Wednesday, August 3, 2011
C's promote Longabardi
By Chris Forsberg | @ESPNForsberg | Email
On the same day former top assistant Lawrence Frank was formally introduced as head coach of the Detroit Pistons, the Boston Celtics wasted little time officially promoting Mike Longabardi to bench assistant.
"I'm looking forward to adding Mike to our bench," said Celtics coach Doc Rivers. "He has been in the fold the last four years and he's more than ready for the next step."
It's not immediately clear if Longabardi will be the top assistant, but he'll nevertheless join Kevin Eastman and Armond Hill as Boston's bench staff.
Here's Longabardi's bio courtesy of the team:
Longabardi joined the Celtics prior to the start of the 2007-08 season from Houston where he had worked for the previous five seasons as an assistant coach/video coordinator, video coordinator and assistant video coordinator. The native of Brooklyn, New York has also previous coaching experience in the college ranks with Pfeiffer University, Adelphi University, Lafayette College and Towson University. He was on the coaching staff that led the Lafayette Leopards to the Patriot League title.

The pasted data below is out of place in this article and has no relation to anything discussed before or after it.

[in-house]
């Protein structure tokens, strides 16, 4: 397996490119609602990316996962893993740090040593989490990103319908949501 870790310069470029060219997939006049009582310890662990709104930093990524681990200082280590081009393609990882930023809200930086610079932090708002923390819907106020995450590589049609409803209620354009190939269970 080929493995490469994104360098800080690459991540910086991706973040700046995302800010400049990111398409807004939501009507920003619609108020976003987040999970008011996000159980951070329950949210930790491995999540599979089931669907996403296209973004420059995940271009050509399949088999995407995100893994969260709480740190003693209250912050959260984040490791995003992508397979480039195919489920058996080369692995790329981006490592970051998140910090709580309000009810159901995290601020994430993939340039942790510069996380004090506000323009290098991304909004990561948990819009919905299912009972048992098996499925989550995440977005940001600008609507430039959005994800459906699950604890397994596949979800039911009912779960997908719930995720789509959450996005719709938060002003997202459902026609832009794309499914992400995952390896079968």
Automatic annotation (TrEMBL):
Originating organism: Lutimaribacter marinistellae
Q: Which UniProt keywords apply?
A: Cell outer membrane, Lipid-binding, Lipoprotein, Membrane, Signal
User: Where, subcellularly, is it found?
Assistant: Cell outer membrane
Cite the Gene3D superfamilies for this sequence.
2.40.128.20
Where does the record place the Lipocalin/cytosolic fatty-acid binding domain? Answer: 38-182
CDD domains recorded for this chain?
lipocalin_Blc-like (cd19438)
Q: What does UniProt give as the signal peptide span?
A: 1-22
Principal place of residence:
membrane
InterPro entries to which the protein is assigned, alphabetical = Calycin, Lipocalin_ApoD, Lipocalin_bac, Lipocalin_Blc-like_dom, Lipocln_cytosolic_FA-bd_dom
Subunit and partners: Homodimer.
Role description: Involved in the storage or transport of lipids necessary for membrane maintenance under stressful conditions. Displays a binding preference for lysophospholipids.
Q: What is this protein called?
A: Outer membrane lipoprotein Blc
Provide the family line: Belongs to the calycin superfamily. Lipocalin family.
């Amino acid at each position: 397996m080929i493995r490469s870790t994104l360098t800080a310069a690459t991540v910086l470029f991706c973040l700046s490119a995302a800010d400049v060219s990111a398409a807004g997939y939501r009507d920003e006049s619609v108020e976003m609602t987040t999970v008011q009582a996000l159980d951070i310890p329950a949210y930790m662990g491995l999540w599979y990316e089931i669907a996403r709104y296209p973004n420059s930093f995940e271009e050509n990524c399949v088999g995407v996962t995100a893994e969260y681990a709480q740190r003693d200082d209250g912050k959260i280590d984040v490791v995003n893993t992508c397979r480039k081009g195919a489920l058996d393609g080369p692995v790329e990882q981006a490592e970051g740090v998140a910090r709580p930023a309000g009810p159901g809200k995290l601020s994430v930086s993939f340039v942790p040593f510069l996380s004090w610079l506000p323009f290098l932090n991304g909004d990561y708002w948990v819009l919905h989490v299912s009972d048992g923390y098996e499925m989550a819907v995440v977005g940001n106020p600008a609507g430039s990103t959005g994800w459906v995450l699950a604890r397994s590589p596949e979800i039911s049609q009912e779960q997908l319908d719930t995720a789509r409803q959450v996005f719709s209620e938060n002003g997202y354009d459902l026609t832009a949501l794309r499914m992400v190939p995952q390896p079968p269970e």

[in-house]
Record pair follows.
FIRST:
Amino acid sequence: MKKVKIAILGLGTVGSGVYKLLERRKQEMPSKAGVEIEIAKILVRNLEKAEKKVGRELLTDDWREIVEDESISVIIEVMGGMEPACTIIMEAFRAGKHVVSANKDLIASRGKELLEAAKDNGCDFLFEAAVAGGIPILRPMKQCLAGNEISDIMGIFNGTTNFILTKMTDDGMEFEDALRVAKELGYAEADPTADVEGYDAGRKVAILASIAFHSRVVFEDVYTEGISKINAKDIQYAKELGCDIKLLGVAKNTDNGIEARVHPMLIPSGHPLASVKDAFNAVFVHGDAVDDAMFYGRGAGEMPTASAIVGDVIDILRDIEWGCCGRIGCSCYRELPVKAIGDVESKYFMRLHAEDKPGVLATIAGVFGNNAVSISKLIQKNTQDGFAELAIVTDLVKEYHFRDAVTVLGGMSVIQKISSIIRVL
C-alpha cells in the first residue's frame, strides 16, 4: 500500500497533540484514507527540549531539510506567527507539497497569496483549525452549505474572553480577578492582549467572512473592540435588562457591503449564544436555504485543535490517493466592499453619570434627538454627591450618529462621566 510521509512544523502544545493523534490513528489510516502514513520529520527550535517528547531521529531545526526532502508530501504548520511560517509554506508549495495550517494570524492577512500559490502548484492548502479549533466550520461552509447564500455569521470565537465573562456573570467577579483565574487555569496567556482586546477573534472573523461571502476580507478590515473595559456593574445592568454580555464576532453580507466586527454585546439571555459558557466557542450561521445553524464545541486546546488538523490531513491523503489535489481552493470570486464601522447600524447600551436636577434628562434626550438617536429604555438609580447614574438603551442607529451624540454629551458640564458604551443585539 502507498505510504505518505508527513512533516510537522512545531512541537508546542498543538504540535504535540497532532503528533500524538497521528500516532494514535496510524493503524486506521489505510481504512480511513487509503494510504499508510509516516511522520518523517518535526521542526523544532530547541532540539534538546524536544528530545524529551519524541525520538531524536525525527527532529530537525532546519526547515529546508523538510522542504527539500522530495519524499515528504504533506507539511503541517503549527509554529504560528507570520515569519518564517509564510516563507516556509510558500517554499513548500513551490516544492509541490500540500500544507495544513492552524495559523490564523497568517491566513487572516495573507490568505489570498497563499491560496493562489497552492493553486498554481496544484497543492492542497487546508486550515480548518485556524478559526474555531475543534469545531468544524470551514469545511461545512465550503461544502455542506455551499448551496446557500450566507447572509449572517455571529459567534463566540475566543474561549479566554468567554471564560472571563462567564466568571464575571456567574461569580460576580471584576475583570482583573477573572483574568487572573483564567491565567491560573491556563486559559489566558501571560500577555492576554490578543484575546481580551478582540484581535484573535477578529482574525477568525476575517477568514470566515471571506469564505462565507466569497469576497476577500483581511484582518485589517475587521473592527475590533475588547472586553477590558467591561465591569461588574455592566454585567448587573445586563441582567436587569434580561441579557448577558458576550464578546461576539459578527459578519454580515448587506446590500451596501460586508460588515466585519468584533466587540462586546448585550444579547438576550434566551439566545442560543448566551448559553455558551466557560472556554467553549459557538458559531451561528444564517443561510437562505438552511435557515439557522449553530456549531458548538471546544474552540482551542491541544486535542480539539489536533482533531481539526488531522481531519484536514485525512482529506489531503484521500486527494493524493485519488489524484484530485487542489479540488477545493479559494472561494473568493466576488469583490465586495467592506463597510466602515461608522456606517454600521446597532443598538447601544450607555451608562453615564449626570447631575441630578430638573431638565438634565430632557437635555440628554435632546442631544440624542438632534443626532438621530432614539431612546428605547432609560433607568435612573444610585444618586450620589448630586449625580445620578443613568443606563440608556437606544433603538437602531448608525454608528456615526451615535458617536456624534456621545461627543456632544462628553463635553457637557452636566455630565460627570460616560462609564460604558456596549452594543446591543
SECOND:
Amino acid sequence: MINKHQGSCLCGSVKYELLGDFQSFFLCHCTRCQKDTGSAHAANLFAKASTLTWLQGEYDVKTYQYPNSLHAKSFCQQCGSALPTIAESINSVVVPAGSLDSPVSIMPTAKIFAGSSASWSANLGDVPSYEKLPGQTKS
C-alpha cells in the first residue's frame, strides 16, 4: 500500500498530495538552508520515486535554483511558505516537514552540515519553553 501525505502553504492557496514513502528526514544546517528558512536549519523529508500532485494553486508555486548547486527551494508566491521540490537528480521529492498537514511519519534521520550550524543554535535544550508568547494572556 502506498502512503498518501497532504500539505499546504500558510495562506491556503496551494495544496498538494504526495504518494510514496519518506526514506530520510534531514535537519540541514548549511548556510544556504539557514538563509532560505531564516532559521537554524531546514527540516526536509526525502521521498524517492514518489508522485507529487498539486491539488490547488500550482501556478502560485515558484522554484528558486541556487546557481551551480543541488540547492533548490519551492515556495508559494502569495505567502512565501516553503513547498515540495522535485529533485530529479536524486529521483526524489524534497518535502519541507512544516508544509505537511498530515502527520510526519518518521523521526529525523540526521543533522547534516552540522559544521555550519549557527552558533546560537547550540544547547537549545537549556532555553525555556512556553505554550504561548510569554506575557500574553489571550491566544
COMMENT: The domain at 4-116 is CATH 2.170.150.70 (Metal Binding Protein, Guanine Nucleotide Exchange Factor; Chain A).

Last month we wrote on Longabardi as a potential candidate to shuffle up to a bench role:
So what about Longabardi? The 38-year-old's resume as a coach includes seven years as an assistant at Pfeiffer University, Adelphi University, Lafayette College and Towson University before landing a job as assistant video coordinator with the Rockets. He spent four seasons there, the final two in the role of assistant coach/video coordinator, before coming to Boston. The Brooklyn native earned the nickname "Mr. Defense" during his college playing days at Newberry College (he later transferred and graduated from Frostburg State University).
That defensive focus might make him the ideal in-house candidate to jump into the role of top assistant. There's also something to be said for maintaining familiarity with Boston set to have its third top assistant in three seasons. With Rivers agreeing to a five-year extension at the start of the offseason, a younger top assistant might mean less changeover in the coaching staff (at least for a short while).
* Forsberg's take: While it's not quite as glitzy a name as other options (Larry Brown among them), this move rewards an incredibly hard working staff member and key part of Boston's staff during the Big 3 era. What's more, it maintains the most continuity possible as Boston's bench sees a makeover for the second straight season (this after Frank replaced Tom Thibodeau as top assistant last summer).